The job market is a competitive place, and you need to be tough if you want all the payment you deserve. In the business world, it’s certainly the squeaky wheel that gets the grease. If you accept whatever payment you’re offered without complaint, then your managers will think they can keep your wages down. If you speak up for yourself, on the other hand, you can get the raise you deserve.
With that being said, there is a right way and a wrong way to approach your boss about getting a raise. If you’re obnoxious or belligerent, you’re more likely to earn a dismissal than a bump in pay. The key is to be strong but respectful. Here are some tips to keep in mind as you prepare to broach the subject with your boss.
Determine What You Need And What You Want
Before initiating a conversation, you have to form a categorized list of your demands, separated into what you’d like to have and what you absolutely need. Perhaps you’d like additional paid time off and stock in the company. These belong in the “like to have” category. But then it’s the wage increase and improved benefits that are truly necessary if you’re going to continue at the company. These go in the “absolutely need” category, and will be the cornerstone of your negotiations.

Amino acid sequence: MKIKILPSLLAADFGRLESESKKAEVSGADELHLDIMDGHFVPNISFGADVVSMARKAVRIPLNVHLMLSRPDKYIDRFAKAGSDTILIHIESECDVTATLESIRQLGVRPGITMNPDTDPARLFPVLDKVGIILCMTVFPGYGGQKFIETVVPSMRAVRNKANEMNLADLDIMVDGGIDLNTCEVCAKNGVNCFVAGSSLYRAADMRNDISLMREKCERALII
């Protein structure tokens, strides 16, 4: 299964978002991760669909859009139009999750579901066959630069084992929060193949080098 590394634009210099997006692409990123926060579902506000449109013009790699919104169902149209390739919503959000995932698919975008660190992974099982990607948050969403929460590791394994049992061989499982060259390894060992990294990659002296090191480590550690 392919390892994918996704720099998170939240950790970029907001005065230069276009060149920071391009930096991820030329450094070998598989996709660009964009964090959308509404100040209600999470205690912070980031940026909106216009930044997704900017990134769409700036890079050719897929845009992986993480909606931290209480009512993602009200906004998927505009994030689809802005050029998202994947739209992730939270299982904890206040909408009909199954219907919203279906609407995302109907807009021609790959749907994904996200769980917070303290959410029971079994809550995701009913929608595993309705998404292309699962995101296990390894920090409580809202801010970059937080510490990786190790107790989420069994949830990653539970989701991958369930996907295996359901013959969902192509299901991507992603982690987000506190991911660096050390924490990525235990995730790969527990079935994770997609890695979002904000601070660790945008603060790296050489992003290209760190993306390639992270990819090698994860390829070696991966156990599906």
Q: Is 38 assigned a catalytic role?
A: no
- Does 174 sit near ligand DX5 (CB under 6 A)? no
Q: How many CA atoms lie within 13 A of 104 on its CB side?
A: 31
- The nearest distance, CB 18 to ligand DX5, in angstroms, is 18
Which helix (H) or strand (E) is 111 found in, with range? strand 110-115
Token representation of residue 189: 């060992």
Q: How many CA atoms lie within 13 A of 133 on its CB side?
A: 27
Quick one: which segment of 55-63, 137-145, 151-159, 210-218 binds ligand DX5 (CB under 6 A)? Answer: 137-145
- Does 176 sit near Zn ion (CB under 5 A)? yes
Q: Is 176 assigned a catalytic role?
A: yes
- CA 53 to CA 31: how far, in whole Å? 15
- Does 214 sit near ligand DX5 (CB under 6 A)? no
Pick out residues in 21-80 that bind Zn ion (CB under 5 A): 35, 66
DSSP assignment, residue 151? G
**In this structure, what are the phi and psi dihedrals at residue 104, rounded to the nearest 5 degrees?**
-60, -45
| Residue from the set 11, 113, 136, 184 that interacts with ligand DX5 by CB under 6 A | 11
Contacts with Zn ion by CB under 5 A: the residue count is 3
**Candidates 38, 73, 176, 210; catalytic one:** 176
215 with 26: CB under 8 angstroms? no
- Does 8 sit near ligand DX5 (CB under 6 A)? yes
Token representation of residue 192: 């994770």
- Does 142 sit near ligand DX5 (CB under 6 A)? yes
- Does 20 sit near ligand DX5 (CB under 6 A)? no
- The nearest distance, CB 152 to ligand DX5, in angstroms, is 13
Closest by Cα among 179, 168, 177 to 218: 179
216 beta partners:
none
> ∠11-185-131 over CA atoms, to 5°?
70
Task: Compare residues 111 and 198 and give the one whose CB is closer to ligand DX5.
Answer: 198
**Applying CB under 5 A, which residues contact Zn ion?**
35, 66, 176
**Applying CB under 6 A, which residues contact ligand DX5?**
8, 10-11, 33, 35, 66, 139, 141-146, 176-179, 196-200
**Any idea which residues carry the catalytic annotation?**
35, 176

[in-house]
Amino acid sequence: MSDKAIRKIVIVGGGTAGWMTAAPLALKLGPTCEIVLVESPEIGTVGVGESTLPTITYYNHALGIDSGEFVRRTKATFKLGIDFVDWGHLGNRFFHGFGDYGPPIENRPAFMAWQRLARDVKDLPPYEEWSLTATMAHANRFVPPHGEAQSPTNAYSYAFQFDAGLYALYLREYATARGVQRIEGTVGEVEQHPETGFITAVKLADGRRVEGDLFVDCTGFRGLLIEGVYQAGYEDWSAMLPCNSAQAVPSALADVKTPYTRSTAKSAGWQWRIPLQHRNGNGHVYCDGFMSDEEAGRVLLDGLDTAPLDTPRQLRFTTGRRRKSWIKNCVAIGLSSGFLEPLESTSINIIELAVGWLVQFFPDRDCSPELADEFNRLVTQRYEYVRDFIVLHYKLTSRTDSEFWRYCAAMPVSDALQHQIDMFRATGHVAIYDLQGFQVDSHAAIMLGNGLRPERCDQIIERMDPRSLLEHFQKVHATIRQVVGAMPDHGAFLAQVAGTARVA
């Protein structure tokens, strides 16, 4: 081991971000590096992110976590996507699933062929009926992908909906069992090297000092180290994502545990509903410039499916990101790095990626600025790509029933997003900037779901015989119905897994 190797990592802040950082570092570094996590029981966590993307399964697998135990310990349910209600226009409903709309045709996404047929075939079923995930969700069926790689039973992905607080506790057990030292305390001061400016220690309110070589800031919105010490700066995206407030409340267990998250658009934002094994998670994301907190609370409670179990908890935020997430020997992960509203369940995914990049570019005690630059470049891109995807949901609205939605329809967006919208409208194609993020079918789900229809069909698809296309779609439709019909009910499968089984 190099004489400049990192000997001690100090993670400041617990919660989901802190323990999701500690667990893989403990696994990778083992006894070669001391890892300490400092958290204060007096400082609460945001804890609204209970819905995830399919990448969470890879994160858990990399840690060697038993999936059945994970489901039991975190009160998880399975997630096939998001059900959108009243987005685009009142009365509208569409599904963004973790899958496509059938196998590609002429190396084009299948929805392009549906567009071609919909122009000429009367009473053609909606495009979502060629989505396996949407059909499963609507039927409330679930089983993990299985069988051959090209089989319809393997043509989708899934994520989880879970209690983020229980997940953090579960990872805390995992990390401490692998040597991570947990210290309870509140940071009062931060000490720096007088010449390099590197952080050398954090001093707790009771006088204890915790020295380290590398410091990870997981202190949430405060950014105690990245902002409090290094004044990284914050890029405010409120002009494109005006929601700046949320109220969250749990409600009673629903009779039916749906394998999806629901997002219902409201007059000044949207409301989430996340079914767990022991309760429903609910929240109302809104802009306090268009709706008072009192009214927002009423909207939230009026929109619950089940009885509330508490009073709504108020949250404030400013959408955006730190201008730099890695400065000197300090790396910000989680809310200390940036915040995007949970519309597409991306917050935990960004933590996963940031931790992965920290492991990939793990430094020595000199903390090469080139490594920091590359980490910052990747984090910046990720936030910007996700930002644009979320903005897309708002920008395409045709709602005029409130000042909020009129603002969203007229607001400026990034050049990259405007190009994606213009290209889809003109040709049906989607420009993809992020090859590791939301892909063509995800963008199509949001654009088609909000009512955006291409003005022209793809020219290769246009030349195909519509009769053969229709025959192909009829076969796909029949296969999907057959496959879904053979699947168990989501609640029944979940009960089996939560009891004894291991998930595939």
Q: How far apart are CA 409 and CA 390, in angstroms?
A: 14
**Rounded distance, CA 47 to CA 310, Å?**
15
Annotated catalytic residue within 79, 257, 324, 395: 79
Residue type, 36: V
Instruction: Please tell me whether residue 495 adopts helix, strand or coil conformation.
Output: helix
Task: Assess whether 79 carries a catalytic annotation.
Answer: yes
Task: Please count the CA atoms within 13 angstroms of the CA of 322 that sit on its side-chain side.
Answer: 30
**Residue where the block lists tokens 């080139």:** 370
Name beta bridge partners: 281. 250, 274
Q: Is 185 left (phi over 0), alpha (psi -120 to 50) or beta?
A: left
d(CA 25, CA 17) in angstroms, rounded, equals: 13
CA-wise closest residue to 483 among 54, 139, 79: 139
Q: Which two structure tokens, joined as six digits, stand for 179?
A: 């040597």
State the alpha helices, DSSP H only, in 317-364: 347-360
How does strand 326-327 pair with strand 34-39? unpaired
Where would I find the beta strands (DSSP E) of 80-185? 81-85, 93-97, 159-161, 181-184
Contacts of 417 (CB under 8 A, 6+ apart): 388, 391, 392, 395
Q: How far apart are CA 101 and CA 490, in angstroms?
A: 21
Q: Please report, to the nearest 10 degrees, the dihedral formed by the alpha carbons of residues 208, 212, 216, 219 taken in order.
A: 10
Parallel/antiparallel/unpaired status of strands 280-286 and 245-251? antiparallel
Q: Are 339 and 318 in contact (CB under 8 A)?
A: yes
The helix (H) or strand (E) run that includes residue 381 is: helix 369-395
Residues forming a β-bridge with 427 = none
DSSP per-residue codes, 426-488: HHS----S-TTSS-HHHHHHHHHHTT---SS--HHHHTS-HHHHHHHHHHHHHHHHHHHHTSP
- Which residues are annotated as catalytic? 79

Do Some Market Research
Nothing will boost your chances in negotiations like solid proof that your demands are legitimate. If you come armed with statistics showing typical salaries for people in your position, you’ll force your boss to take your petition seriously. With just a few hours of research online, you can compile all the data you’ll need.
Consider How Much Power You Have
Before you sit down to talk, you need to determine whether or not you’re negotiating from a position of strength. If you have another job option or are willing to quit, then you can be bolder about insisting on your key demands.
Have A Salary Range In Mind
Have a general idea in your mind of what kind of a raise you’re looking for. You don’t need an exact figure, but you should have some sort of a range to aim for.
Originally published to nicholasfainlight.net.